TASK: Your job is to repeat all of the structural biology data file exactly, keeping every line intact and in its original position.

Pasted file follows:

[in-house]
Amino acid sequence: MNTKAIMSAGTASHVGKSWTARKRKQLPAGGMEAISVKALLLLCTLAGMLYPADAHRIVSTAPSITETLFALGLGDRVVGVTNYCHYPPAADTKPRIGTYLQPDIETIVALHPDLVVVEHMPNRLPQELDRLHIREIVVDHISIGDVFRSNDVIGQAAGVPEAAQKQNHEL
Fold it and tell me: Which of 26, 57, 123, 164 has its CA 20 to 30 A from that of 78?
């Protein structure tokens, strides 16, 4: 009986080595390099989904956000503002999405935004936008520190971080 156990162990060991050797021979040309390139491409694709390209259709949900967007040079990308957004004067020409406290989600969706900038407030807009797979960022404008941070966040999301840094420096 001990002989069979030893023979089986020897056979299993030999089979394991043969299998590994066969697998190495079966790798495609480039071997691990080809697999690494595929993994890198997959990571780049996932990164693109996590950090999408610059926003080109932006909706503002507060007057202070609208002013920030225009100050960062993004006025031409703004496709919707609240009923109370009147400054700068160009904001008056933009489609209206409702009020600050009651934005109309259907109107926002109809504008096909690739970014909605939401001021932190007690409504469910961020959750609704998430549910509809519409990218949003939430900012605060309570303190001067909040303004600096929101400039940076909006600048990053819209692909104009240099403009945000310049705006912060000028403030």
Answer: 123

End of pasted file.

[in-house]
Amino acid sequence: MNTKAIMSAGTASHVGKSWTARKRKQLPAGGMEAISVKALLLLCTLAGMLYPADAHRIVSTAPSITETLFALGLGDRVVGVTNYCHYPPAADTKPRIGTYLQPDIETIVALHPDLVVVEHMPNRLPQELDRLHIREIVVDHISIGDVFRSNDVIGQAAGVPEAAQKQNHEL
Fold it and tell me: Which of 26, 57, 123, 164 has its CA 20 to 30 A from that of 78?
């Protein structure tokens, strides 16, 4: 009986080595390099989904956000503002999405935004936008520190971080 156990162990060991050797021979040309390139491409694709390209259709949900967007040079990308957004004067020409406290989600969706900038407030807009797979960022404008941070966040999301840094420096 001990002989069979030893023979089986020897056979299993030999089979394991043969299998590994066969697998190495079966790798495609480039071997691990080809697999690494595929993994890198997959990571780049996932990164693109996590950090999408610059926003080109932006909706503002507060007057202070609208002013920030225009100050960062993004006025031409703004496709919707609240009923109370009147400054700068160009904001008056933009489609209206409702009020600050009651934005109309259907109107926002109809504008096909690739970014909605939401001021932190007690409504469910961020959750609704998430549910509809519409990218949003939430900012605060309570303190001067909040303004600096929101400039940076909006600048990053819209692909104009240099403009945000310049705006912060000028403030």
Answer: 123